€500m worth of mapping software available to every school in Ireland

1 Nov 2018

From left: Joanne McLaughlin, Esri Ireland; Casey Farren Colloty and Nathan Furlong, St Kevin’s College, Finglas; Aideen Croasdell, Esri Ireland; and Andrew Horan, St Kevin’s College. Image: John Ohle Photography

900,000 primary and secondary students to be given access to Esri’s online digital mapping platform.

Geographic information system (GIS) player Esri Ireland is making €500m worth of digital mapping software available to every primary and secondary school in the country.

Ireland has laid down the ambition of being the best in Europe at embedding digital technology in teaching, learning and assessment in the 2018 Digital Strategy Action Plan.

‘Through their exposure to GIS, students will be better prepared to understand our planet and become better problem-solvers and evidenced-based decision-makers’

More than 900,000 students in almost 4,000 schools will have free access to Esri’s digital mapping platform, ArcGIS Online. The platform allows students to collect, analyse and visualise data on a wide range of topics. As well as teaching the skills and techniques required for working with GIS, the application enables new ways to study climate change, design cities and towns, explore demographics, understand history, predict future scenarios, and perform many other cross-disciplinary activities.

The cloud-based application is accessible through any device connected to the internet, including school computers, tablets and students’ smartphones, allowing pupils to collect their own data in the field.

Interactive project-based experience with GIS supports STEM learning for students, and ties in well with the recent announcement of computer science as a Leaving Certificate subject.

“The programme is a perfect complement to the Government’s digital strategy to further embed technology and digital learning tools in our primary and post-primary schools,” said Joanne McLaughlin, ArcGIS for Schools sponsor at Esri Ireland.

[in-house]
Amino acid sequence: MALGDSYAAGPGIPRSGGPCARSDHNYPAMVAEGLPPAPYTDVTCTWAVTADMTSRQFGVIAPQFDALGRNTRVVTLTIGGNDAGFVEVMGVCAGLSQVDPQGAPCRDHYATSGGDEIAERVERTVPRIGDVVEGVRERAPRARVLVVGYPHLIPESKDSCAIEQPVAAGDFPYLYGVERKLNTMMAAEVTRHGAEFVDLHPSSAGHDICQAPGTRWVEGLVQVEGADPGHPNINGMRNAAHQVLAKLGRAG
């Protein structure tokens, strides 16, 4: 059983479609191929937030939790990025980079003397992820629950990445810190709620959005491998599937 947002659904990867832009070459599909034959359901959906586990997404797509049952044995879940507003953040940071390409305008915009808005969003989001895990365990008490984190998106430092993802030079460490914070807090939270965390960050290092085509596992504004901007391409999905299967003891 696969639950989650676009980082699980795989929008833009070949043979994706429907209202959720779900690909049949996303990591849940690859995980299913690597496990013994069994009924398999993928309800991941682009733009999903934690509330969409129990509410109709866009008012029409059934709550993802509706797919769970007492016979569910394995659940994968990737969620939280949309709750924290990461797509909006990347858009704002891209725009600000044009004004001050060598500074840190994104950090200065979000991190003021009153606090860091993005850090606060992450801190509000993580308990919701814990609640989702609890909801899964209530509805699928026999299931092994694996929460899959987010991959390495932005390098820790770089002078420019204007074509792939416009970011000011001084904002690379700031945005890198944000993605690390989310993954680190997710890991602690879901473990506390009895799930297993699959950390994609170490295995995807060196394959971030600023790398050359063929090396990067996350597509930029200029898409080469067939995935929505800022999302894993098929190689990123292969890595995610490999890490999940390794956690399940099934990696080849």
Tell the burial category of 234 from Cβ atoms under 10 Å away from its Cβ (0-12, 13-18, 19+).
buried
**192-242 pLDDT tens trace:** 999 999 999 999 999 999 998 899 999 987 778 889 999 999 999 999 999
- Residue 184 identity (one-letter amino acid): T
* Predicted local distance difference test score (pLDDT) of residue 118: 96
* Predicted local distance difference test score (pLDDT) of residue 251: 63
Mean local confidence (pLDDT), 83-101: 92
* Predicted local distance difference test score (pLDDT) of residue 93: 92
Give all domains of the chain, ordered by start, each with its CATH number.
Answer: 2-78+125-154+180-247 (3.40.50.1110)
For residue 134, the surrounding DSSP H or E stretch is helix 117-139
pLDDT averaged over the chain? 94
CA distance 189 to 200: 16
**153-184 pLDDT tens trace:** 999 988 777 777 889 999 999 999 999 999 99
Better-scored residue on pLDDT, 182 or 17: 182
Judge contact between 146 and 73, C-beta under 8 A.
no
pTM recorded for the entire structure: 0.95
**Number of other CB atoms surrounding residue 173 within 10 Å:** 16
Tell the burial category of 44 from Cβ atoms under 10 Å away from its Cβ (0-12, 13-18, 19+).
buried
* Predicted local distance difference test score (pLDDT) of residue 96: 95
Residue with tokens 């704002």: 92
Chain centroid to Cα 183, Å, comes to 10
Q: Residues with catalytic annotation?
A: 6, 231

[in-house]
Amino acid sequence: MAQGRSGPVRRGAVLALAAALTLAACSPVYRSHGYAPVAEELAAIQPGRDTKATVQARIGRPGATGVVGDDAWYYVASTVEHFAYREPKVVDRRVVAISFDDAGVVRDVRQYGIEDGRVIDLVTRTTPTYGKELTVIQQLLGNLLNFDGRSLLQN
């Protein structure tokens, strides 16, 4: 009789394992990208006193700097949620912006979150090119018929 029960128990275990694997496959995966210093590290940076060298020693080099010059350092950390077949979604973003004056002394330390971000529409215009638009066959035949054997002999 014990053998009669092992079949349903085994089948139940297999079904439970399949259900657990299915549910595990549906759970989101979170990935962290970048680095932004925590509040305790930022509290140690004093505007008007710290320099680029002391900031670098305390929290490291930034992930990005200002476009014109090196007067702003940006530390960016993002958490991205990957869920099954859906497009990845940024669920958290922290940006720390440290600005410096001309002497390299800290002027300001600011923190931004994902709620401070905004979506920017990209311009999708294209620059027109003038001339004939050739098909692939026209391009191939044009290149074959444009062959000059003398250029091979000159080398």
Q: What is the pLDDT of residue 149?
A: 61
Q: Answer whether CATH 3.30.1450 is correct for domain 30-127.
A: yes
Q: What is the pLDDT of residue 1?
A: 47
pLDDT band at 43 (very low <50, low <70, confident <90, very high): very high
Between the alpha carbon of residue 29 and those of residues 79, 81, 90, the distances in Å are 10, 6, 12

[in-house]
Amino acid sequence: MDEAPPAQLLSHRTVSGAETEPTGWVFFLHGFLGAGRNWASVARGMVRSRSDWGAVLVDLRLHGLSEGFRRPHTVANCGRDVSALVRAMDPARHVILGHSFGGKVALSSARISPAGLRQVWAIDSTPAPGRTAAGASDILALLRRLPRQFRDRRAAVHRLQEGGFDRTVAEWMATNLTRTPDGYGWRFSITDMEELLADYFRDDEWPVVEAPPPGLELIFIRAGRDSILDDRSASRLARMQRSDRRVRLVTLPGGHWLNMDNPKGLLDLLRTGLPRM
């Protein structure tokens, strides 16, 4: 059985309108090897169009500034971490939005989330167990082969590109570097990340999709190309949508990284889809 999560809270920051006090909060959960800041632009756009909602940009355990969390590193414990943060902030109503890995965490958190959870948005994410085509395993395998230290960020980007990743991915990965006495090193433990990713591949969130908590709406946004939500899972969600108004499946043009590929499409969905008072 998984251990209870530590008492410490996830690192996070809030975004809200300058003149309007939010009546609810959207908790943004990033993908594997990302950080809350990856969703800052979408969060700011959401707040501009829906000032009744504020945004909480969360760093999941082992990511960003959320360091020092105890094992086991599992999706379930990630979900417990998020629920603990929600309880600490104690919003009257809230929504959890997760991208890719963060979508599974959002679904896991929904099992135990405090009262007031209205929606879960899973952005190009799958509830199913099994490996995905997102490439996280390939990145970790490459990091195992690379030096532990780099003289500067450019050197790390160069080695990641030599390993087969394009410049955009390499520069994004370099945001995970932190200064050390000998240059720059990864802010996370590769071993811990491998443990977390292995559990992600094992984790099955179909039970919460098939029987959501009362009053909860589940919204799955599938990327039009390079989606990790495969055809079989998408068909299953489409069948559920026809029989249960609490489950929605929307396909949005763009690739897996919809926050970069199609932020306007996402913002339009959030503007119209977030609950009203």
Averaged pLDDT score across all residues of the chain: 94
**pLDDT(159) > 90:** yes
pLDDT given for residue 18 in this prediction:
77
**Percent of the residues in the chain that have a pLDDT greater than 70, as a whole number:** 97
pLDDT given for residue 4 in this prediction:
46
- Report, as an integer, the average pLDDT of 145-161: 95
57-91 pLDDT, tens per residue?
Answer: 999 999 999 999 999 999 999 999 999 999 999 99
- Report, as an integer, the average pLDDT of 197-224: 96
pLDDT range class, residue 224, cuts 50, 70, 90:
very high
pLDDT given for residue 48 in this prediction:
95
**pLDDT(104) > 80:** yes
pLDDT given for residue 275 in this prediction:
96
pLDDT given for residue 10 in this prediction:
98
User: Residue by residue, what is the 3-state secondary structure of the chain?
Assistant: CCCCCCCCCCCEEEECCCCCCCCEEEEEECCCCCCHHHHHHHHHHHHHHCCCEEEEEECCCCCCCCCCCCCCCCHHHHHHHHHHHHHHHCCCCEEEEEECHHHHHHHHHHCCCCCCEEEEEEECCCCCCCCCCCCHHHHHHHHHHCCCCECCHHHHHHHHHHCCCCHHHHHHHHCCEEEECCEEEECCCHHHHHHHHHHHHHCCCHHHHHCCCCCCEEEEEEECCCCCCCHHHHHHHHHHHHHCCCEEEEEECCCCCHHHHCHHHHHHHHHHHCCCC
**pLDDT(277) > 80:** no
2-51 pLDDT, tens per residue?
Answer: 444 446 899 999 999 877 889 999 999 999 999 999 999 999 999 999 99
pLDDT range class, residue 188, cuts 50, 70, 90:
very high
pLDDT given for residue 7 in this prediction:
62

“Through their exposure to GIS, students will be better prepared to understand our planet and become better problem-solvers and evidenced-based decision-makers. It is crucial we do everything we can now to enable future generations to imagine and realise a better future for all.”

Maps and legends

The initiative has been rolled out by Esri in other countries across the world, including the UK, Canada, the US, the Netherlands, Germany, Spain, Portugal, Australia and New Zealand.

Students are applying the technology in a wide variety of ways and creating impactful GIS projects. For example, an Australian school recently mapped and developed solutions to alleviate local school traffic congestion, and students in Virginia have been using the technology to analyse police and fire coverage in four major US cities.

ArcGIS for Schools is already in use by 12 pilot schools located across Ireland, including a primary school and Gaelscoil, and at junior cycle, senior cycle and transition year level.

“The functionality and applicability of the ArcGIS application to so many different subjects means it has huge potential as a teaching tool,” said Andrew Horan, geography teacher at one of the pilot schools, St Kevin’s College in Finglas, Dublin.

“The support and resources provided by Esri Ireland have made it easy to implement but, most importantly, my students are really engaged with the technology. It’s simple to use and allows them to study topics in new ways, enhancing both teaching and learning in my classes.”

As part of the roll-out, Esri Ireland will provide a fully supported ecosystem consisting of hosted and managed infrastructure, and continually updated local and global mapping data and content. Lesson plans aligned to primary and post-primary teaching, and a GeoMentor programme designed to connect mapping experts with local teachers, will also be provided.

John Kennedy is a journalist who served as editor of Silicon Republic for 17 years